TABLE 4Kinetic values for NAD+ and NADH of Pos5 and Pos5 R293H
      kcat
      Pos5 was taken as homotetramer. kcat was calculated using 185,138.4 Da as the molecular mass of the homotetrameric Pos5.
      Kmkcat/Km
      NAD+NADHNAD+NADHNAD+NADH
      s−1mm
      Pos57.4 ± 0.916.1 ± 2.84.5 ± 0.60.190 ± 0.041.685
      Pos5 R293H6.2 ± 1.27.7 ± 1.91.3 ± 0.30.032 ± 0.014.8241
      a Pos5 was taken as homotetramer. kcat was calculated using 185,138.4 Da as the molecular mass of the homotetrameric Pos5.
      From the viewpoint of the electrostatics of the relevant molecular surfaces (Fig. 3C), Pos5 would hinder positively charged NAD+ from coming close to the NADH-binding site, which is also positively charged because of Arg-293. However, this is not the case in NAD+-binding sites of NADKs (Ppnk and human NADK), which are negatively charged. The surfaces of NAD+-binding sites of other NADKs whose tertiary structures have been solved, except for NADK of A. fulgidus, are also negatively charged (supplemental Fig. S5), although the activities of these NADKs have not been reported (
      • Liu J.
      • Lou Y.
      • Yokota H.
      • Adams P.D.
      • Kim R.
      • Kim S.H.
      ,
      • Poncet-Montange G.
      • Assairi L.
      • Arold S.
      • Pochet S.
      • Labesse G.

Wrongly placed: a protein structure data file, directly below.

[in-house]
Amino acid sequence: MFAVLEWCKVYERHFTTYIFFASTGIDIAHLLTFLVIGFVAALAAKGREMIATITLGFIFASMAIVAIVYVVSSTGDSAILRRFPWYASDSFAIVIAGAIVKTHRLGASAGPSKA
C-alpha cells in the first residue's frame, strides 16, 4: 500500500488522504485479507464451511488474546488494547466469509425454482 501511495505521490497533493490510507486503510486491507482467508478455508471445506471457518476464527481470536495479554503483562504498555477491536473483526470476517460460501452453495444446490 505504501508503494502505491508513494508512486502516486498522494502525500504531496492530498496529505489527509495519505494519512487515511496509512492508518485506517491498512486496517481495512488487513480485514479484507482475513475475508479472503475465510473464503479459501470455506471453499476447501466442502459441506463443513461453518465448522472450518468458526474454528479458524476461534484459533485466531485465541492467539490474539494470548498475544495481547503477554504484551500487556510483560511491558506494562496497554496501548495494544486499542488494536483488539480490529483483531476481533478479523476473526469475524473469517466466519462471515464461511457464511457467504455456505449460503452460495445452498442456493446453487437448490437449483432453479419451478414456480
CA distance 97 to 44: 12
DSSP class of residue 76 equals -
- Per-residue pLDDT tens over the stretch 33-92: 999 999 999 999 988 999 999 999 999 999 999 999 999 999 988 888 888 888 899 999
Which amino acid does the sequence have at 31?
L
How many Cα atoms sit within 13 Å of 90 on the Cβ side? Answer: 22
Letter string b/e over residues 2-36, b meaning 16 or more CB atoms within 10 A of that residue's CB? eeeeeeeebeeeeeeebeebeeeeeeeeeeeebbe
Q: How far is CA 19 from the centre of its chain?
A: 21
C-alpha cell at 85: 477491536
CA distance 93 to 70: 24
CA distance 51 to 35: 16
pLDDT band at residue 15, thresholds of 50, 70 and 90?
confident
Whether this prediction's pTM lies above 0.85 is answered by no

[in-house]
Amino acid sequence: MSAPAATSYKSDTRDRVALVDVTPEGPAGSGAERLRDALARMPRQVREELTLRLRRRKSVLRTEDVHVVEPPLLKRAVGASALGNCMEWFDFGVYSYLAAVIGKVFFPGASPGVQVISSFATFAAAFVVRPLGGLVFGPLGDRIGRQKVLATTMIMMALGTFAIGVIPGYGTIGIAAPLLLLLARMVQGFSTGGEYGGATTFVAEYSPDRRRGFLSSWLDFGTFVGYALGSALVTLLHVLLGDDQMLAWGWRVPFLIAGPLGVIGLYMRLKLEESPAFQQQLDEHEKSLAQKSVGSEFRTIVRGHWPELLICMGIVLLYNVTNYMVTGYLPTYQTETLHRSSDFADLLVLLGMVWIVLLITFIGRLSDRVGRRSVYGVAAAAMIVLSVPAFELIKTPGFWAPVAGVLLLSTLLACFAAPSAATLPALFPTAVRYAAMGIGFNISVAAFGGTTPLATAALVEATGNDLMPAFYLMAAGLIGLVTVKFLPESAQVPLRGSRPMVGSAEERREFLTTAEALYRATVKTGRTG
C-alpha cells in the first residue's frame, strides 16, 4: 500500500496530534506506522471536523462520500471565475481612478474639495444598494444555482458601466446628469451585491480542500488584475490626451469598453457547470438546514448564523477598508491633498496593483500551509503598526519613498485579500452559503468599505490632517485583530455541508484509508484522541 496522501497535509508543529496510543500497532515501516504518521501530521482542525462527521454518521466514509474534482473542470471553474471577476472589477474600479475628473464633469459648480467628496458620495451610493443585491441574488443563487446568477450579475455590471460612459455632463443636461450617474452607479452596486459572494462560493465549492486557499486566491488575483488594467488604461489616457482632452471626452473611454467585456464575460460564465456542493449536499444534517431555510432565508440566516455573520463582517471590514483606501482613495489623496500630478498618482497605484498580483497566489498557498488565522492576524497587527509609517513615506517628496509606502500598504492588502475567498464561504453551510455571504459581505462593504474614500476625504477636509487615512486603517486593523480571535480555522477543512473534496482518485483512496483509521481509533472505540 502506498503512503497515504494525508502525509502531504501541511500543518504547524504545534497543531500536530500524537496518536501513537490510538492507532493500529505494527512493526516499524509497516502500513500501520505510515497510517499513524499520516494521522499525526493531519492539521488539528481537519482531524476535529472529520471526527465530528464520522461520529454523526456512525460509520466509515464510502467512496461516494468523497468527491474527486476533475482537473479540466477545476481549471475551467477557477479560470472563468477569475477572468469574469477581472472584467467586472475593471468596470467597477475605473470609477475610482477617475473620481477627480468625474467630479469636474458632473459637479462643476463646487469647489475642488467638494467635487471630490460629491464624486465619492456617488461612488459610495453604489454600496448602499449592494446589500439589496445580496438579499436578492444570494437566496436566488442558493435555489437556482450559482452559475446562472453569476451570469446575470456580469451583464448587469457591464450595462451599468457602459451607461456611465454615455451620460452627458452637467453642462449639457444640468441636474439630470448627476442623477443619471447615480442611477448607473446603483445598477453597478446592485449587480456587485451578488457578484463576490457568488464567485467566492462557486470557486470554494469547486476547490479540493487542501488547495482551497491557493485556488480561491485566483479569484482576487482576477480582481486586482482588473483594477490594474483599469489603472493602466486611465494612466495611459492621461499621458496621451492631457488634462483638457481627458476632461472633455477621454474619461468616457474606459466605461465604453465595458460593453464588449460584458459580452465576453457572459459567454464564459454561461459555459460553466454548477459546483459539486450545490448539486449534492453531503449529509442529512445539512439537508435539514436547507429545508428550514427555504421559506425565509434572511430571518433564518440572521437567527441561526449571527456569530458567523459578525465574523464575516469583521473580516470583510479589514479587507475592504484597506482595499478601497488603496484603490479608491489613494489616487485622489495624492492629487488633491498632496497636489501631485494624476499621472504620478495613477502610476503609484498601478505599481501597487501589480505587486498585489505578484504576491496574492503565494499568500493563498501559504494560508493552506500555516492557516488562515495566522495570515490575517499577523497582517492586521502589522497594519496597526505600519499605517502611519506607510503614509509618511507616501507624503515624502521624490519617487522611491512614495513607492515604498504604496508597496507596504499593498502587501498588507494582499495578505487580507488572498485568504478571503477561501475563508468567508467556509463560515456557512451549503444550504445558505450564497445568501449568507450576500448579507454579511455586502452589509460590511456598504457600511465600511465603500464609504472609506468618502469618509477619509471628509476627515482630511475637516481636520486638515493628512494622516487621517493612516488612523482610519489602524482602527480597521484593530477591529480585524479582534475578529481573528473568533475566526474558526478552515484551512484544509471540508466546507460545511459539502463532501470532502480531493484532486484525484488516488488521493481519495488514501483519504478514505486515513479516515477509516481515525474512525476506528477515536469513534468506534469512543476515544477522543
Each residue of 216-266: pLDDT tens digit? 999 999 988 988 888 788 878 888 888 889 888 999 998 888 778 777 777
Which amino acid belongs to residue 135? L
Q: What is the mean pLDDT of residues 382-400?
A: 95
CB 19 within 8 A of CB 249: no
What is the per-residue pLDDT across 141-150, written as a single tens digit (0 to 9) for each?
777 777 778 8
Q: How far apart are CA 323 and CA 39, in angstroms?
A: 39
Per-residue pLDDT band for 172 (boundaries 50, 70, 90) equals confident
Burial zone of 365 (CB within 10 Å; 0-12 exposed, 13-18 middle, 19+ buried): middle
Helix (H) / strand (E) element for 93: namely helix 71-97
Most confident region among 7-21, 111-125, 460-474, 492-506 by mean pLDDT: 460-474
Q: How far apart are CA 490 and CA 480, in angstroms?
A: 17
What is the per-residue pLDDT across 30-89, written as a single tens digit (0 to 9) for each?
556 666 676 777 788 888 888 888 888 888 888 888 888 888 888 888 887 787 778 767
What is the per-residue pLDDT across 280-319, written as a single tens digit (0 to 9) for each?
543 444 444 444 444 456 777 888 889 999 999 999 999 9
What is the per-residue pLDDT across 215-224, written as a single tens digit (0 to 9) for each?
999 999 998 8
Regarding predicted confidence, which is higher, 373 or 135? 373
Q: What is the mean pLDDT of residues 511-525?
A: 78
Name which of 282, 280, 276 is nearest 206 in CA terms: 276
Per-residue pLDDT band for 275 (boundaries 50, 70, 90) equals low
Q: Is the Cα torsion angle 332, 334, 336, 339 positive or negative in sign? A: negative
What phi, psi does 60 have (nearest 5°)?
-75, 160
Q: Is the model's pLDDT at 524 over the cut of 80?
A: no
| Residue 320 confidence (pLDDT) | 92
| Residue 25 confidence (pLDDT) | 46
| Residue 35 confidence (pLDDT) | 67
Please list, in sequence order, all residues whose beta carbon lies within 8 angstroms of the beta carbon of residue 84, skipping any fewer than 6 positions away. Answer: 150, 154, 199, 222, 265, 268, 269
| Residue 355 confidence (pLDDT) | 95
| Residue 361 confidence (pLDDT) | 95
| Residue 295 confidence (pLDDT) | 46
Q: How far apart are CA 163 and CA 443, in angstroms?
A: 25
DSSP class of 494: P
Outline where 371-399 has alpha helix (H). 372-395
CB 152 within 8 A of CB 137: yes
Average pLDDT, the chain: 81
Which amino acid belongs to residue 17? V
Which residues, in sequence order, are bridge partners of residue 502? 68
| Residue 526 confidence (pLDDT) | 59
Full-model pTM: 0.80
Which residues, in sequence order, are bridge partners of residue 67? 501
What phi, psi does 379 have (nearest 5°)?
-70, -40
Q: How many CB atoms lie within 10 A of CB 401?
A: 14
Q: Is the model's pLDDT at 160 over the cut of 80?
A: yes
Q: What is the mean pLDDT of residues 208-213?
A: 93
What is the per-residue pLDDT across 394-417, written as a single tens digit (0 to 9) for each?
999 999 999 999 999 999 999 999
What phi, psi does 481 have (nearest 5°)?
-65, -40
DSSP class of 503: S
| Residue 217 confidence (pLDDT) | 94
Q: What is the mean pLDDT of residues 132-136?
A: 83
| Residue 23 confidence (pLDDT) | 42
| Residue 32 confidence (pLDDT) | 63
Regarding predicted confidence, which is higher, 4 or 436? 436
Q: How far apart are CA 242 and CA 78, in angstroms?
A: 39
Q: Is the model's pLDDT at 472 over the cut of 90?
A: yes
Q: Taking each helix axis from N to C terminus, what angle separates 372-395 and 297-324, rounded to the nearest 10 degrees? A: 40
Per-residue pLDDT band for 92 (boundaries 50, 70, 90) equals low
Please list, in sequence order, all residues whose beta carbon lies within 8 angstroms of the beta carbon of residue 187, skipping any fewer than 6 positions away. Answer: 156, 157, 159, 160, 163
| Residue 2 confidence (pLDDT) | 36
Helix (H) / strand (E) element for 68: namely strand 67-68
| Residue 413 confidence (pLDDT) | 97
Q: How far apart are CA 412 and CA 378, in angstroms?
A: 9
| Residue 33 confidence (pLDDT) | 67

,
      • Oganesyan V.
      • Huang C.
      • Adams P.D.
      • Jancarik J.
      • Yokota H.A.
      • Kim R.
      • Kim S.H.
      ). In the primary structures of these negatively charged NADKs, the residues corresponding to the Arg-293 of Pos5 are His, Ile, or Gln (Fig. 2). Thus, we speculate that these NADKs are not also NADHKs. With regard to the NADK of A. fulgidus, the putative NAD(H)-binding site is positively charged because of Arg-143 and Lys-126, although the residue corresponding to Pos5 Arg-293 in the A. fulgidus protein is Phe-182 (Fig. 2 and supplemental Fig. S5). Thus, the possibility remains that the NADK of A. fulgidus also displays high NADHK activity.
      The Km for NADH of Pos5 R293H was decreased by 83% (Table 4) relative to the wild-type protein. Based on the decreased Km, we speculated that Arg-293 decreases the ability of even NADH to approach the NADH-binding site and that Pos5 substituted Arg-293 for His to completely deny access to NAD+ at the sacrifice of optimal affinity for NADH.

      Role of His-231 of Pos5